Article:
A Day in the Life
To recap a bit: I arrived in Malawi, spent two days being orientated in Lilongwe, went to a friend’s wedding in Mzuzu, and was depressed in Zomba.
And I’m still in Zomba, but only occasionally depressed. Things were a bit frustrating when I first arrived. My housemate bailed on me. Malawian utilities were---and still are---failing me. And the institution with which I want to affiliate was strangling me in red tape. I had written ahead to find out what I needed to apply for affiliation---a proposal, a CV, and a letter of recommendation---and I promptly sent all the items so that the process would at least be started when I arrived. Except that when I arrived, I was told that my application was still incomplete: I needed proof of funding and two more letters of recommendation. After specifically asking if it was okay to have the letters sent by e-mail, I arranged for everything to be submitted. My committee members very dutifully sent the letters straight away. But when I went back again to check on the progress, I was told that the letters had to be on letterhead and signed; an e-mail was not indeed sufficient. Oh, and the affiliation fee has quintupled.
So I’m still waiting for affiliation.
I had anticipated that getting the affiliation would take some nagging after I got here, so I planned to spend the time locating a field site and doing research in the archives. Thus far, I’ve failed at both.
My plan for locating a field site was to hang around at the popular “azungu” (White/visitor) spots to find voluntourists, talk to them, and identify where they were working. This approach worked remarkably well during my preliminary research.
Not so much this time.
Malawi has hundreds---if not thousands---of foreign volunteers. I’ve found three so far---all at a resort town at the lake, where I most definitely do not want to spend the next eight months (more on this later).
As for the archives, I’m mostly striking out, but I haven’t given up. I did find one useful book---a history of the British Voluntary Services Overseas---and I keep digging through subject indexes in the hopes that somewhere I’ll find a buried treasure. At the very least, it keeps me occupied while I hunt the elusive voluntourist and await my affiliation.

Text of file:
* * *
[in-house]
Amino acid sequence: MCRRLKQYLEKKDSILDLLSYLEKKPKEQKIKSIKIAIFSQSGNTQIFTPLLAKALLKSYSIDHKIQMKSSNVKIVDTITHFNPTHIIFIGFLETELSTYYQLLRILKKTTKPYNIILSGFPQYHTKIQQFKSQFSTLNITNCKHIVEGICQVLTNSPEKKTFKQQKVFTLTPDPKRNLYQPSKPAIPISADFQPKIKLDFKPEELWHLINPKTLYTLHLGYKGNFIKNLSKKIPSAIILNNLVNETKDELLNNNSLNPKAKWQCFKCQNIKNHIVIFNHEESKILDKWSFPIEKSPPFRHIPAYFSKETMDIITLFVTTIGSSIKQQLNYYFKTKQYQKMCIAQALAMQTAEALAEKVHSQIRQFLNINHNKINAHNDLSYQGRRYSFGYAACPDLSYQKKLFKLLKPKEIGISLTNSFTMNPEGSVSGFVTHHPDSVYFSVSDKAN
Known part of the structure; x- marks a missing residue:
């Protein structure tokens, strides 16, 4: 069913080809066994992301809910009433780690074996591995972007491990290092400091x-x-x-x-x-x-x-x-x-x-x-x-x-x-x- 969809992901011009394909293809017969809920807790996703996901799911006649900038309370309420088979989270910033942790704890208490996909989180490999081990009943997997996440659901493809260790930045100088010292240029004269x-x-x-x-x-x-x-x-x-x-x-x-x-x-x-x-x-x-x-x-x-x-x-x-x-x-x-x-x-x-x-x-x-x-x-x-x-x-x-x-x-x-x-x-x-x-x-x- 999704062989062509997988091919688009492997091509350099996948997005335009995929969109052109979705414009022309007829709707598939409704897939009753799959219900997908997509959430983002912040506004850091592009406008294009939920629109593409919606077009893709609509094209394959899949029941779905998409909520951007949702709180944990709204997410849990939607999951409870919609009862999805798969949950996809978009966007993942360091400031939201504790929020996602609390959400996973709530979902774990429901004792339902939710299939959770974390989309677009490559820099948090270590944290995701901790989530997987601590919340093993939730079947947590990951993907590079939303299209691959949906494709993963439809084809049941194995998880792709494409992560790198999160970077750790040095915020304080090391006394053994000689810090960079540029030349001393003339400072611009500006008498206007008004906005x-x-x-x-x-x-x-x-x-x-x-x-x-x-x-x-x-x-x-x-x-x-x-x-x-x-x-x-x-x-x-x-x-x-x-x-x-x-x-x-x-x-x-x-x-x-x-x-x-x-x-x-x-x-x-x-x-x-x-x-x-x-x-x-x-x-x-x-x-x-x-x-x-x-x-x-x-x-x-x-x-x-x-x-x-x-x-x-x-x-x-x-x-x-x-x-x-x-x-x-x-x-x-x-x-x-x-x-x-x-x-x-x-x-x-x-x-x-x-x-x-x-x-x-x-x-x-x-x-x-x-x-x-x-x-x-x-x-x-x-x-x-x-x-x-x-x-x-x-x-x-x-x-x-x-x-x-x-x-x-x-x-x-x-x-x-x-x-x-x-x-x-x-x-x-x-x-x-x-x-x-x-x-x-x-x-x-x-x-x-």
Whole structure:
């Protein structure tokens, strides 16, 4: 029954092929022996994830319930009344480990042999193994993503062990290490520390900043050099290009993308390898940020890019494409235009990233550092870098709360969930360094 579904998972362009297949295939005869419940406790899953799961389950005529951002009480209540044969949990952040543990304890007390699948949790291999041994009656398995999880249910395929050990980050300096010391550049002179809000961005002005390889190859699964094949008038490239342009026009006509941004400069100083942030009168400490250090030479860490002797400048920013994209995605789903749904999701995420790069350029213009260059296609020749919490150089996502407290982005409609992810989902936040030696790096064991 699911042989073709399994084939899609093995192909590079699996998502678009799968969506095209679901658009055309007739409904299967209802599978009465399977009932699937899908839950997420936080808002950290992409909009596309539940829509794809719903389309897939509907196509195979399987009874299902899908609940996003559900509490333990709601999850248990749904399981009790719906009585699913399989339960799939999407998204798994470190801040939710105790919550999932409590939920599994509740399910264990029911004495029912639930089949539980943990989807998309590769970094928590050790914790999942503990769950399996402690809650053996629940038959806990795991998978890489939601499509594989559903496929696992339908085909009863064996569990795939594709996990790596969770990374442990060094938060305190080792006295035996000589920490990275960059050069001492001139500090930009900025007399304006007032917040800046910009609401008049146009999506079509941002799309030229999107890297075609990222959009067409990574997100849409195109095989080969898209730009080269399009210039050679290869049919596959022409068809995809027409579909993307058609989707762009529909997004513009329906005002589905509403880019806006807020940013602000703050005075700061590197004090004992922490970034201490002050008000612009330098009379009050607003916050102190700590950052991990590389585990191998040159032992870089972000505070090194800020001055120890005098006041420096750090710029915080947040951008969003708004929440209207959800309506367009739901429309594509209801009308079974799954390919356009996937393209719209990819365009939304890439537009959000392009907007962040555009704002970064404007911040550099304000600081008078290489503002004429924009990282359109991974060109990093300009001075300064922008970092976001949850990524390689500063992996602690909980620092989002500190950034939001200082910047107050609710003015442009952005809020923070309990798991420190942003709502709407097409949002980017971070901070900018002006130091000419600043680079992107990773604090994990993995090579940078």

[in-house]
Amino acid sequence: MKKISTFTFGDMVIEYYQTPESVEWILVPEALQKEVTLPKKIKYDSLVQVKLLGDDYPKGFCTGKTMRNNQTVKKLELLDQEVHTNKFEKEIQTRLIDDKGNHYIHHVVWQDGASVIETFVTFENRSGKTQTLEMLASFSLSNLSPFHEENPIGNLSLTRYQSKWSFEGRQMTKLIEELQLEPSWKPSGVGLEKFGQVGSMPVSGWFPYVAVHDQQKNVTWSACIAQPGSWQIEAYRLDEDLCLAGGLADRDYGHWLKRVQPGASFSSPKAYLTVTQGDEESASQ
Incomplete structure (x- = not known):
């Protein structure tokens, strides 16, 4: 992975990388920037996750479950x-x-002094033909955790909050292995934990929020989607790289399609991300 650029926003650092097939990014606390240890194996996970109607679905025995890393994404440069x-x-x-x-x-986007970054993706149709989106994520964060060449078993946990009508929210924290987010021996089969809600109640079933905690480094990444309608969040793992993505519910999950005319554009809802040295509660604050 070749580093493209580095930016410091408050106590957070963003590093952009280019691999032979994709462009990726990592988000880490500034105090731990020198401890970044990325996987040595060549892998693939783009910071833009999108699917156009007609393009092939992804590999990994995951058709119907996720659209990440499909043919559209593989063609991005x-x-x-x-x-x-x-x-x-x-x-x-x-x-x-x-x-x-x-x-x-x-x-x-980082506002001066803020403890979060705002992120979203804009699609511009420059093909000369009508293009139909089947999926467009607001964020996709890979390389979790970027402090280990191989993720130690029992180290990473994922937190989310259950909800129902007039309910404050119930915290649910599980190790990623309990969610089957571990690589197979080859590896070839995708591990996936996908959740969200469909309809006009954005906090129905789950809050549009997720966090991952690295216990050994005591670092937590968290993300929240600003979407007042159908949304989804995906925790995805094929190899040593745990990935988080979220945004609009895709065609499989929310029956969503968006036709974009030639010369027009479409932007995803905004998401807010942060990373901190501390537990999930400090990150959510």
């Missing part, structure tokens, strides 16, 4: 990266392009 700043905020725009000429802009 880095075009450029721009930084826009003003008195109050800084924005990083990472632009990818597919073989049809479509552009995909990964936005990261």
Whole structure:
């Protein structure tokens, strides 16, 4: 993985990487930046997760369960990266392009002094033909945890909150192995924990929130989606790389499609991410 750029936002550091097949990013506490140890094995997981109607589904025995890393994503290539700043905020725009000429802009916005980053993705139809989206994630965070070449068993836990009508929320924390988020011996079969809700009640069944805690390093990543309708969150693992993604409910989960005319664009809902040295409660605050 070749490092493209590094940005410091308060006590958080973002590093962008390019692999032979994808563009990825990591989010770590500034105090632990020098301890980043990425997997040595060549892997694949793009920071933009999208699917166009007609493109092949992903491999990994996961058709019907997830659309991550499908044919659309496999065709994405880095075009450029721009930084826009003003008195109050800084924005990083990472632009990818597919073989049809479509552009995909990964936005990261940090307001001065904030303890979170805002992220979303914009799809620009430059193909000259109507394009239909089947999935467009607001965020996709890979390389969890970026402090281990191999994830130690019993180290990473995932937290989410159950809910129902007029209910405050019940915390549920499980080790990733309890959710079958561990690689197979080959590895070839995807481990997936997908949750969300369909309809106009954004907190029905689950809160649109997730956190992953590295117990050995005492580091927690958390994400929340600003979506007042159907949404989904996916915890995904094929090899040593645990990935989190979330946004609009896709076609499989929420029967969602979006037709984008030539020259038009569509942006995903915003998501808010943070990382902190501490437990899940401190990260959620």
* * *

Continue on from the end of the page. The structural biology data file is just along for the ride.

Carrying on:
I do manage to keep myself mostly busy during the day---up until about 4.00 each afternoon. I'm up around 6.00 each morning. I go to the archives for a few hours, then have lunch at Tasty Bites, a restaurant geared toward azungu and middle-class Malawians. The food is decent---I can get a healthy portion of chicken or fish, chips, and salad, with a soda, for the equivalent of about $5---and it’s a hotspot for a couple of wireless services, so I can check e-mail. After lunch, I run errands around town---getting food at the market, having a skirt fixed at the tailor, buying more wireless minutes. I dodge the vendors who ask me every single day if I want to buy strawberries or postcards or cell phone minutes, even though I wave them off every single day. I read the local paper; big stories lately include a proposed policy to limit families to two children (no wonder people here think the Chinese have taken over) and projected food shortages (reports on which have led the president to threaten to shut down media for portraying the government in a bad light; I’m starting to think the Chinese have taken over). I write my notes from the day, although at this point they hardly qualify as field notes. I do some Chichewa review. My language skills are coming back quickly---I’ve managed conversations up to 3 minutes long---although for the life of me, I cannot understand a word that my housekeeper says.*
And then . . . I attempt to fill the very long hours from the late afternoon to a decent bedtime (around 9.00). I’m reading a lot; the Kindle has become an indispensable field tool. I listen to the same songs on endless repeat (but I finally got my billing figured out on iTunes, so send suggestions for new music). I cook dinner on a small gas cooker---generally some combination of potatoes, beans, and greens with tomatoes and onions. I write overly long, depressing blog posts and count the weeks until I can come home.
Field work is oh-so glamorous.
Next up: Boys, Beaches, and Bus Depots
* The owner of the house employs a caretaker who lives on the property with his wife and baby daughter. With all the dirt and dust and creepy critters in Malawi, daily house cleaning is essential. I’m way too lazy for that. And I’m complete rot at washing my clothes by hand. So I hired the wife as a part-time housekeeper, justifying it as contributing to the local economy.